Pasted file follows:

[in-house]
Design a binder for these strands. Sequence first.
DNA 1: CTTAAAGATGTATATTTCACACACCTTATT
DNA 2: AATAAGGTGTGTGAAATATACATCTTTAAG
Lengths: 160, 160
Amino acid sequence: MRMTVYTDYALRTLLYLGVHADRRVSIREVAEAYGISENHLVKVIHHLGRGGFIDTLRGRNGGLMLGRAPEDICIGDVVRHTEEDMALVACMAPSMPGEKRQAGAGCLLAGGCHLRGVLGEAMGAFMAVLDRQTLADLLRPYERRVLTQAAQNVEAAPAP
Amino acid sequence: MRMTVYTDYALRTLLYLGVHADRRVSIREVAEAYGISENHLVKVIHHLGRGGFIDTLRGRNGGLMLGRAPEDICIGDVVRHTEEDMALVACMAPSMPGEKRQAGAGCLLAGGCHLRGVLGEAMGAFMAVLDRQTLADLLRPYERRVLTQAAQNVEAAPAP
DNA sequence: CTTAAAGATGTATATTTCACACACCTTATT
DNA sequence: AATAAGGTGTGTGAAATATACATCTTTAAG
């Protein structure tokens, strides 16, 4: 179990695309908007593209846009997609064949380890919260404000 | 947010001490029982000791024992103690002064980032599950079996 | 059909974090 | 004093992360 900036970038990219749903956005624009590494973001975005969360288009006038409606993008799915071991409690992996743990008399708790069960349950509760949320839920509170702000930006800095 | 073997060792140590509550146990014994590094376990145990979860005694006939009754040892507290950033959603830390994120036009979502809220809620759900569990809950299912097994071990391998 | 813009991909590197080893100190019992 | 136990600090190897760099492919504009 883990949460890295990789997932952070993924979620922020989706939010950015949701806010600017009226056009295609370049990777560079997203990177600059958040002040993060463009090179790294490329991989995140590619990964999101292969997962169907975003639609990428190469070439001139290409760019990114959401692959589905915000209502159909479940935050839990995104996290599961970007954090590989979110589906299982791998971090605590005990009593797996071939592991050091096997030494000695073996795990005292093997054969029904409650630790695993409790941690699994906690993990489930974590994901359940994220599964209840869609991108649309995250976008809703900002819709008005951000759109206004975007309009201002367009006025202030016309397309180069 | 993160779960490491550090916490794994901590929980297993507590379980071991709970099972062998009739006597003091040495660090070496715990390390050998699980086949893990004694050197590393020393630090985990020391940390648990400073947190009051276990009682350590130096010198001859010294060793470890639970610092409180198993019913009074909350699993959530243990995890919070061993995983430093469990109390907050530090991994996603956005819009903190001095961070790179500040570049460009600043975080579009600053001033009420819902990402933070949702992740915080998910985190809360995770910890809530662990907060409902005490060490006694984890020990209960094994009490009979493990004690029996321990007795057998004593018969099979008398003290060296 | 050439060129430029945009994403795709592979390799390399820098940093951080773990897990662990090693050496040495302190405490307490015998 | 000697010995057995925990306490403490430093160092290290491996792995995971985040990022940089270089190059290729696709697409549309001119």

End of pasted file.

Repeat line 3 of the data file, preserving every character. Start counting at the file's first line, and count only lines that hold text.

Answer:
DNA 1: CTTAAAGATGTATATTTCACACACCTTATT